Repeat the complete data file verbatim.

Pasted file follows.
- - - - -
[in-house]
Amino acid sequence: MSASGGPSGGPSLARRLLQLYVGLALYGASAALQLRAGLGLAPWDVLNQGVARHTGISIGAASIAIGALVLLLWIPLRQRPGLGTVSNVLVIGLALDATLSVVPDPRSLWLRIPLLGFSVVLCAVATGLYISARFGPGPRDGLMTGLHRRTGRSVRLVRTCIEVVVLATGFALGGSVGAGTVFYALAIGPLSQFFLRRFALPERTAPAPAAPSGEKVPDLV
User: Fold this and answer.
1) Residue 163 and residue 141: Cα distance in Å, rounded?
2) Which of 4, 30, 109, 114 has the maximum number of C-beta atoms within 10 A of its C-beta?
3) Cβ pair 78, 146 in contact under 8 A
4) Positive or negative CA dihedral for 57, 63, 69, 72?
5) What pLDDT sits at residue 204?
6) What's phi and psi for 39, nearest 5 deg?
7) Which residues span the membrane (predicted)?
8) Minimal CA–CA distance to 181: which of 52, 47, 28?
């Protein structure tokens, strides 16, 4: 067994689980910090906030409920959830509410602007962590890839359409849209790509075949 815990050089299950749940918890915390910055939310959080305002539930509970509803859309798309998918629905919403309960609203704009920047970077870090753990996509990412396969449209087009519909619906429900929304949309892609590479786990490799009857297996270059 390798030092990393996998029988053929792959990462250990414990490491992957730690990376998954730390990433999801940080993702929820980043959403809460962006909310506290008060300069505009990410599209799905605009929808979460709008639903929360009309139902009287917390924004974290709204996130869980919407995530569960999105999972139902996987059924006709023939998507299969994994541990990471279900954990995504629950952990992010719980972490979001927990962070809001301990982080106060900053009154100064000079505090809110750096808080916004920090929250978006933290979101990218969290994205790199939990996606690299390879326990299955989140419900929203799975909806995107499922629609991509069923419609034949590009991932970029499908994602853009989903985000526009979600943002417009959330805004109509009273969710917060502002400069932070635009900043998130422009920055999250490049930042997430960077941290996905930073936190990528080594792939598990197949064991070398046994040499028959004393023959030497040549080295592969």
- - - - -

[in-house]
Amino acid sequence: MSASGGPSGGPSLARRLLQLYVGLALYGASAALQLRAGLGLAPWDVLNQGVARHTGISIGAASIAIGALVLLLWIPLRQRPGLGTVSNVLVIGLALDATLSVVPDPRSLWLRIPLLGFSVVLCAVATGLYISARFGPGPRDGLMTGLHRRTGRSVRLVRTCIEVVVLATGFALGGSVGAGTVFYALAIGPLSQFFLRRFALPERTAPAPAAPSGEKVPDLV
User: Fold this and answer.
1) Residue 163 and residue 141: Cα distance in Å, rounded?
2) Which of 4, 30, 109, 114 has the maximum number of C-beta atoms within 10 A of its C-beta?
3) Cβ pair 78, 146 in contact under 8 A
4) Positive or negative CA dihedral for 57, 63, 69, 72?
5) What pLDDT sits at residue 204?
6) What's phi and psi for 39, nearest 5 deg?
7) Which residues span the membrane (predicted)?
8) Minimal CA–CA distance to 181: which of 52, 47, 28?
């Protein structure tokens, strides 16, 4: 067994689980910090906030409920959830509410602007962590890839359409849209790509075949 815990050089299950749940918890915390910055939310959080305002539930509970509803859309798309998918629905919403309960609203704009920047970077870090753990996509990412396969449209087009519909619906429900929304949309892609590479786990490799009857297996270059 390798030092990393996998029988053929792959990462250990414990490491992957730690990376998954730390990433999801940080993702929820980043959403809460962006909310506290008060300069505009990410599209799905605009929808979460709008639903929360009309139902009287917390924004974290709204996130869980919407995530569960999105999972139902996987059924006709023939998507299969994994541990990471279900954990995504629950952990992010719980972490979001927990962070809001301990982080106060900053009154100064000079505090809110750096808080916004920090929250978006933290979101990218969290994205790199939990996606690299390879326990299955989140419900929203799975909806995107499922629609991509069923419609034949590009991932970029499908994602853009989903985000526009979600943002417009959330805004109509009273969710917060502002400069932070635009900043998130422009920055999250490049930042997430960077941290996905930073936190990528080594792939598990197949064991070398046994040499028959004393023959030497040549080295592969």